The “T’kiyah g’dolah” has been sounded and the Gates have been closed. We set our sights on the festival of Sukkot, this week long festival of harvest and gathering. Synagogues and individuals gathered to start construction of their “sukkah” that flimsy temporary dwelling which tradiiton tells us is symbolic of the dwellings the Israelites used in their Wilderness trek. So many will gather in their “sukkah” to fulfill the tradition of eating, studying and socializing in this colorful and often festive symbol.
For Boomers, as we look at this festival and this “dwelling”, I think we can take some additional meaning. Many have looked at this tradition of the “sukkah” and comapred it to our own life. It is temporary, open, not that sturdy and, we hope, welcoming. The key here is the symbolic representation, I think, of life itself. It is meaningful that this festival comes 5 days after Yom Kippur. We have just finished 10 days of introspection and contemplation, with Yom Kippur as the end; a liturgical reminder of our own mortality. Now, 5 days later, instead of trying to imagine this concept of life’s fragile state, we can see a representation of it. This temporary dwelling is not rooted in cement foundations. Rather, it is created quickly and, by its very nature, subject to the whims of nature itself. Its very openness suggests that all of us are subject to events and forces that are beyond our control.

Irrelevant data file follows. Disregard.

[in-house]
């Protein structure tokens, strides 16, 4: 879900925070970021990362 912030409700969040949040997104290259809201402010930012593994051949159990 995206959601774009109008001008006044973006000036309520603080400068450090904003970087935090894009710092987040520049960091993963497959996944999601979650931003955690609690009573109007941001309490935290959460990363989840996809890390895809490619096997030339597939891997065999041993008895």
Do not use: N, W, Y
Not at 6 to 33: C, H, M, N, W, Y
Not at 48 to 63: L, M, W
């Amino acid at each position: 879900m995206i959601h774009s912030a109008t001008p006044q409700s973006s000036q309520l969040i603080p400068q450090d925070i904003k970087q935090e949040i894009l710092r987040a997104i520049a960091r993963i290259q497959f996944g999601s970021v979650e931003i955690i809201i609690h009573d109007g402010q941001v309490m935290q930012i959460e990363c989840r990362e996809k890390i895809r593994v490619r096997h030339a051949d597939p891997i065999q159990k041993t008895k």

But what is, we hope, contained within the “sukkah” walls? We are asked to sit and study, we are asked to greet friends and share a meal; perhaps even sleep in it, gazing trhough its open roof at the stars. The meaning? Let me suggest that this is a wonderful message to take with us in the new year. What sustains us through the fragility of life is being with people, having a community and becoming part of that inter-action. Relationships and community help sustain us through the trials and challenges of dealing with what life hands us. We dwell in the “sukkah” as well dwell in the temporary “sukkah: that is our body. We maintain security, find meaning and celebrate life as we engage others and welcome them into our own experiences. In that way, we “harvest” the life we have been given.
Rabbi Richard F Address